August 25, 2019, 02:35:28 PM
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Topic: Melting metal alloys without drastically changing their compositions  (Read 433 times)

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Offline Showseph

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Hello all,

I wanted to know the best ways to melt down metal alloys while best maintaining the composition of the alloy. We have two methods that we have attempted this with varying results including: placing samples in an enclosed furnace and melting samples in a simplified "CianFlone"-esque setup in which we use a TIG welder to melt them down. We want to melt our samples down for analysis on our optical emission spectrometer, and the alloys that we test are aluminum, titanium, cobalt, nickel, iron, and copper. I have previously used a Cianflone to melt titanium down consistently, but not for any of the other alloys that we test.

Offline Borek

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Re: Melting metal alloys without drastically changing their compositions
« Reply #1 on: June 12, 2019, 03:01:35 AM »
Perhaps I am missing something, but I don't see how you can change the composition of the mixture by melting it unless it contains volatiles or some of the components get easily oxidized. Inert atmosphere could help deal with the latter.
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Offline Enthalpy

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Re: Melting metal alloys without drastically changing their compositions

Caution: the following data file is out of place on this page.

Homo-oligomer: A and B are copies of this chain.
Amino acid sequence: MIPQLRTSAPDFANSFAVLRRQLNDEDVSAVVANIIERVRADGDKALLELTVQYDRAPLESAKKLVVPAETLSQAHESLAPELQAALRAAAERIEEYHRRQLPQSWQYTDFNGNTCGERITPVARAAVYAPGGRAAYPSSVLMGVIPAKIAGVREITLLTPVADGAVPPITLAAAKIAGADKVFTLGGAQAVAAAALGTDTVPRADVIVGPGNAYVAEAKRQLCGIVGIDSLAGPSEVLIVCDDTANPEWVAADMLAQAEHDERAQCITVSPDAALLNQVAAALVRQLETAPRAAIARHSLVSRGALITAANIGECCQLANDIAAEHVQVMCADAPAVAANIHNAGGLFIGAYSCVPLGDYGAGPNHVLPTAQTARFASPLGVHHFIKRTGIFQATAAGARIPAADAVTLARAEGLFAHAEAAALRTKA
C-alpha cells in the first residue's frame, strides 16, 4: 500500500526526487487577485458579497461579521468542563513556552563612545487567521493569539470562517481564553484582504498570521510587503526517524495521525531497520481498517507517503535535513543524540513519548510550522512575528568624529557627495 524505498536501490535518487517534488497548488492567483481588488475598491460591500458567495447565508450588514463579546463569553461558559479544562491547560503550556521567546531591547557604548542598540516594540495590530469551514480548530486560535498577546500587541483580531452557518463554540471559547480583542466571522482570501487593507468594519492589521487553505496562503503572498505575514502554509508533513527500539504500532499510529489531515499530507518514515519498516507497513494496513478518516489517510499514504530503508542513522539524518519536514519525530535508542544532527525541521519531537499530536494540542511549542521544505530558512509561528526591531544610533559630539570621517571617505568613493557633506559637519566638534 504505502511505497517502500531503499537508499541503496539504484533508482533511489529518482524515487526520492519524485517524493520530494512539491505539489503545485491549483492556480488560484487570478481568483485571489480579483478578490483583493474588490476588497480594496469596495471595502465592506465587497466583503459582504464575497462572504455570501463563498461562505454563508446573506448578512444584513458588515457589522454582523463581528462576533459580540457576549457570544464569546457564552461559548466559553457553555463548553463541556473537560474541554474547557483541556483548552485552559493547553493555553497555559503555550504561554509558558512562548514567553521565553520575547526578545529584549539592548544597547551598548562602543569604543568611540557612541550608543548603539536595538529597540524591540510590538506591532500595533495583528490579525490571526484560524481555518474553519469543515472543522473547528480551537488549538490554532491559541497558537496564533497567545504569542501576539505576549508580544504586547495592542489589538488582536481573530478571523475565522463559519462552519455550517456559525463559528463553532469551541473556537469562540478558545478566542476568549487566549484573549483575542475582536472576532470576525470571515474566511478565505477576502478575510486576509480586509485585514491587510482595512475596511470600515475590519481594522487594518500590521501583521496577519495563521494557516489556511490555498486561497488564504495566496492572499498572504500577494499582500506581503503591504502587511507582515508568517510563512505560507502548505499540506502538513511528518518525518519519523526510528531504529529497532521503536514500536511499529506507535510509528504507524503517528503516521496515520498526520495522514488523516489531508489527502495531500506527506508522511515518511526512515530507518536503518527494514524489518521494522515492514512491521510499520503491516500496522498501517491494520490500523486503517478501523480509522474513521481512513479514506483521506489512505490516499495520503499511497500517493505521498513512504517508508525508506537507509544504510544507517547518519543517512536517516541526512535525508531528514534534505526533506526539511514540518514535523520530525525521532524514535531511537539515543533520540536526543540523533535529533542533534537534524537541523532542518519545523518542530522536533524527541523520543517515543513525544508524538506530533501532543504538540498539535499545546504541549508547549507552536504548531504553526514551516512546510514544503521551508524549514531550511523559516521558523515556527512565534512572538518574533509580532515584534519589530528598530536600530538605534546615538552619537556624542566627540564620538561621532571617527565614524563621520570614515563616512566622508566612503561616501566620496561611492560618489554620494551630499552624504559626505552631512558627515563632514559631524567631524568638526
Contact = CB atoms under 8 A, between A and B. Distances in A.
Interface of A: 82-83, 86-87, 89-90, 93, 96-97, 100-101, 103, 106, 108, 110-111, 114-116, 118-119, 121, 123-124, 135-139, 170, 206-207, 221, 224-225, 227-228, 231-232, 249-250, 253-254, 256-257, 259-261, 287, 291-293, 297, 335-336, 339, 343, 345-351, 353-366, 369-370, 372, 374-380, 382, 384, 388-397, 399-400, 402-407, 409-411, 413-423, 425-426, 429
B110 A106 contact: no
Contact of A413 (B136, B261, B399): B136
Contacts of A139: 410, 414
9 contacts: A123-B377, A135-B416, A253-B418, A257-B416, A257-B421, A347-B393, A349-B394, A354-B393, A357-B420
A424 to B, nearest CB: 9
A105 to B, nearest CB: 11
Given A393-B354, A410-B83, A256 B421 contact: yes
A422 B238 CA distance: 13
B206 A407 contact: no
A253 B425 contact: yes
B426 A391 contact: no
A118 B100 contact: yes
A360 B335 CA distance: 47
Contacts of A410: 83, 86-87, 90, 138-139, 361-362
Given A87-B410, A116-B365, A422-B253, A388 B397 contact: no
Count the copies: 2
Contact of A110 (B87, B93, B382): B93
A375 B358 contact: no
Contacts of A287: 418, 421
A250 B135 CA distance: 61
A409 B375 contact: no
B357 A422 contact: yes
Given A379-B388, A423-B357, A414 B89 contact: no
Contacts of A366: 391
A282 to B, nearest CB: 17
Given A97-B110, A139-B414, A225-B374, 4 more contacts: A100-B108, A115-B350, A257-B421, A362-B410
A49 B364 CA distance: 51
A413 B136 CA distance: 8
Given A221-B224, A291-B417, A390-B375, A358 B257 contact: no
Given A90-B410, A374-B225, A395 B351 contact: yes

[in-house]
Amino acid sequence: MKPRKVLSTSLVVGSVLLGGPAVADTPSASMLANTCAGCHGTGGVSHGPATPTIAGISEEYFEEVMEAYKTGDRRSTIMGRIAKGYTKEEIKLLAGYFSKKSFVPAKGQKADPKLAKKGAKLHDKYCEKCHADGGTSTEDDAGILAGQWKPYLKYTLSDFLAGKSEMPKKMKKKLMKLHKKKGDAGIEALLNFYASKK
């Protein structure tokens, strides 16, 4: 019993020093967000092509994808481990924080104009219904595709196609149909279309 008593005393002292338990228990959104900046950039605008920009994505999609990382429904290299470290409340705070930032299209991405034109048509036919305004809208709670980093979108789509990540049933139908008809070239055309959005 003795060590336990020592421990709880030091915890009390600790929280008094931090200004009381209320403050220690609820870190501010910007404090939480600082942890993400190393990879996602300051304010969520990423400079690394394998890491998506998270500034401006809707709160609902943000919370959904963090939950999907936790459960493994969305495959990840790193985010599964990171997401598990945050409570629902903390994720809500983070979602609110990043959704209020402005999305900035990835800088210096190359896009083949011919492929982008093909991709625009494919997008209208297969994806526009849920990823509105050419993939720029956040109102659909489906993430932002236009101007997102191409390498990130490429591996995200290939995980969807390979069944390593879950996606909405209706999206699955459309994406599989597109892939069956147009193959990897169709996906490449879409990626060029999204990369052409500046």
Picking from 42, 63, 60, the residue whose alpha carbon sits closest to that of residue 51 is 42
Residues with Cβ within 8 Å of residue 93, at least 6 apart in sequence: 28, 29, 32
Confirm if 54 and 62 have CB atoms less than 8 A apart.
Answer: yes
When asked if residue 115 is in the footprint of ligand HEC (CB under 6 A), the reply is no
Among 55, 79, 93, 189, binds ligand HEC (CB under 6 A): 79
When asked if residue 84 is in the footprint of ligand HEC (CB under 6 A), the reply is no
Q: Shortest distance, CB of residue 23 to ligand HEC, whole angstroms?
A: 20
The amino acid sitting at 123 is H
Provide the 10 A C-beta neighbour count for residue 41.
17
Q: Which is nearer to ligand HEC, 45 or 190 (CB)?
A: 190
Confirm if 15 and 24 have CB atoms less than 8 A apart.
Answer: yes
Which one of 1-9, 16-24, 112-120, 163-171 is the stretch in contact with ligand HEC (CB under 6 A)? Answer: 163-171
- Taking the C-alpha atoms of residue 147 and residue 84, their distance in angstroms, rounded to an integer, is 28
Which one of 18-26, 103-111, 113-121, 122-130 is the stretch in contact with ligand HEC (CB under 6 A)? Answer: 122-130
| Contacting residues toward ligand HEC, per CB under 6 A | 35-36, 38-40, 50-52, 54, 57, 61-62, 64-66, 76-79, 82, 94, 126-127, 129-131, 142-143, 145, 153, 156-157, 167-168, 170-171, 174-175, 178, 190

« Reply #2 on: June 12, 2019, 04:37:12 AM »
Evaporation is known to change the composition of alloys. For instance if welding Al-Mg by TIG, we use a seam alloy richer in Mg to compensate its evaporation. Al in molten Ti has a similar vapour pressure, in the order of 1kPa.

Vacuum remelting is used to make expensive steel more resilient by evaporating embrittling elements.

Air might shift the amount of N and O in metals. Traces of N2 serve to harden duplex steel while traces of O spoil magnetically soft iron. Traces of N or O embrittle Ti alloys, so welding by TIG apparatus demands a much stronger protection against air than just blowing Ar as for aluminium alloys.

The melting pot uses to add Si to steel. That's so common that we don't even mention Si amounts in steel below an important threshold.

I haven't read about W contamination by TIG welding, but since the electrode is slowly consumed, it must necessarily happen. Traces of W would be undesired in magnetically soft iron.

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One relatively clean means to heat metals is induction. Contamination by the melting pot but not by the ultra-hot electrode.

I expect - this is only a guess - that melting pots made of metals with a small vapour pressure contaminate less the melt. That would mean W. Available from Plansee for instance. Cheaper would be ceramics, where oxides of Al and Mg shouldn't hopefully react with Fe, Ni, Co.

My preferred way would melt only locally the analysed alloy. This is done for deposition of Al by evaporation for instance. In microelectronics we used an electron beam for that, but a laser should do it too.